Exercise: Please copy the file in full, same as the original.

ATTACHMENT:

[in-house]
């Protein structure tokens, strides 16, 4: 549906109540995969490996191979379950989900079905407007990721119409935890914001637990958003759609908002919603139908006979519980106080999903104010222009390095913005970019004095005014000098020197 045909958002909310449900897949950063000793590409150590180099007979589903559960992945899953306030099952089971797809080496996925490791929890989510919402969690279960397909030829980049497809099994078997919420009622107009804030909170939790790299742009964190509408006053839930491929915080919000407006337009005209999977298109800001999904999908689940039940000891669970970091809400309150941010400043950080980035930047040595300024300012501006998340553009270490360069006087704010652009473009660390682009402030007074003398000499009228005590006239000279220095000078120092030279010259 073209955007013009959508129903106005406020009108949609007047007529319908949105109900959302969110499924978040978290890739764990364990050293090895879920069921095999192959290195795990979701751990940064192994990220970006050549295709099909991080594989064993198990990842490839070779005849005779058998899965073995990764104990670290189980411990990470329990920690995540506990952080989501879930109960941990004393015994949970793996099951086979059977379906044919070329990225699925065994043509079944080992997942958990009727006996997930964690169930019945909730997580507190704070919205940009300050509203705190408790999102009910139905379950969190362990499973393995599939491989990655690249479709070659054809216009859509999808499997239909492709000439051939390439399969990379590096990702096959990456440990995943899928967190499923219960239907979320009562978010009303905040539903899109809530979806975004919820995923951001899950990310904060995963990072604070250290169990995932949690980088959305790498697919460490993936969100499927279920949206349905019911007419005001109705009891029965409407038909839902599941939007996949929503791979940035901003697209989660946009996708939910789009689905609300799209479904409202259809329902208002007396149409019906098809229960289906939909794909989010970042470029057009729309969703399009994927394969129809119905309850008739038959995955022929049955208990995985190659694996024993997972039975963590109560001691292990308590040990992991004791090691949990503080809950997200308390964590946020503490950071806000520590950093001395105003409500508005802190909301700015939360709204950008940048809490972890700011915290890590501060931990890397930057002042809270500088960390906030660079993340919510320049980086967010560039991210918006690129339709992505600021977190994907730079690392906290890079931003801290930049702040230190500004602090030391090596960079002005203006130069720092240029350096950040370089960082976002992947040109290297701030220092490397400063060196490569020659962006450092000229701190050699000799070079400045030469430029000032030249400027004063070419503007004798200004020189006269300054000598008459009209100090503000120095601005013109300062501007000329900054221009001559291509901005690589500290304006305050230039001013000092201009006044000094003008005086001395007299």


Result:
[in-house]
């Protein structure tokens, strides 16, 4: 549906109540995969490996191979379950989900079905407007990721119409935890914001637990958003759609908002919603139908006979519980106080999903104010222009390095913005970019004095005014000098020197 045909958002909310449900897949950063000793590409150590180099007979589903559960992945899953306030099952089971797809080496996925490791929890989510919402969690279960397909030829980049497809099994078997919420009622107009804030909170939790790299742009964190509408006053839930491929915080919000407006337009005209999977298109800001999904999908689940039940000891669970970091809400309150941010400043950080980035930047040595300024300012501006998340553009270490360069006087704010652009473009660390682009402030007074003398000499009228005590006239000279220095000078120092030279010259 073209955007013009959508129903106005406020009108949609007047007529319908949105109900959302969110499924978040978290890739764990364990050293090895879920069921095999192959290195795990979701751990940064192994990220970006050549295709099909991080594989064993198990990842490839070779005849005779058998899965073995990764104990670290189980411990990470329990920690995540506990952080989501879930109960941990004393015994949970793996099951086979059977379906044919070329990225699925065994043509079944080992997942958990009727006996997930964690169930019945909730997580507190704070919205940009300050509203705190408790999102009910139905379950969190362990499973393995599939491989990655690249479709070659054809216009859509999808499997239909492709000439051939390439399969990379590096990702096959990456440990995943899928967190499923219960239907979320009562978010009303905040539903899109809530979806975004919820995923951001899950990310904060995963990072604070250290169990995932949690980088959305790498697919460490993936969100499927279920949206349905019911007419005001109705009891029965409407038909839902599941939007996949929503791979940035901003697209989660946009996708939910789009689905609300799209479904409202259809329902208002007396149409019906098809229960289906939909794909989010970042470029057009729309969703399009994927394969129809119905309850008739038959995955022929049955208990995985190659694996024993997972039975963590109560001691292990308590040990992991004791090691949990503080809950997200308390964590946020503490950071806000520590950093001395105003409500508005802190909301700015939360709204950008940048809490972890700011915290890590501060931990890397930057002042809270500088960390906030660079993340919510320049980086967010560039991210918006690129339709992505600021977190994907730079690392906290890079931003801290930049702040230190500004602090030391090596960079002005203006130069720092240029350096950040370089960082976002992947040109290297701030220092490397400063060196490569020659962006450092000229701190050699000799070079400045030469430029000032030249400027004063070419503007004798200004020189006269300054000598008459009209100090503000120095601005013109300062501007000329900054221009001559291509901005690589500290304006305050230039001013000092201009006044000094003008005086001395007299």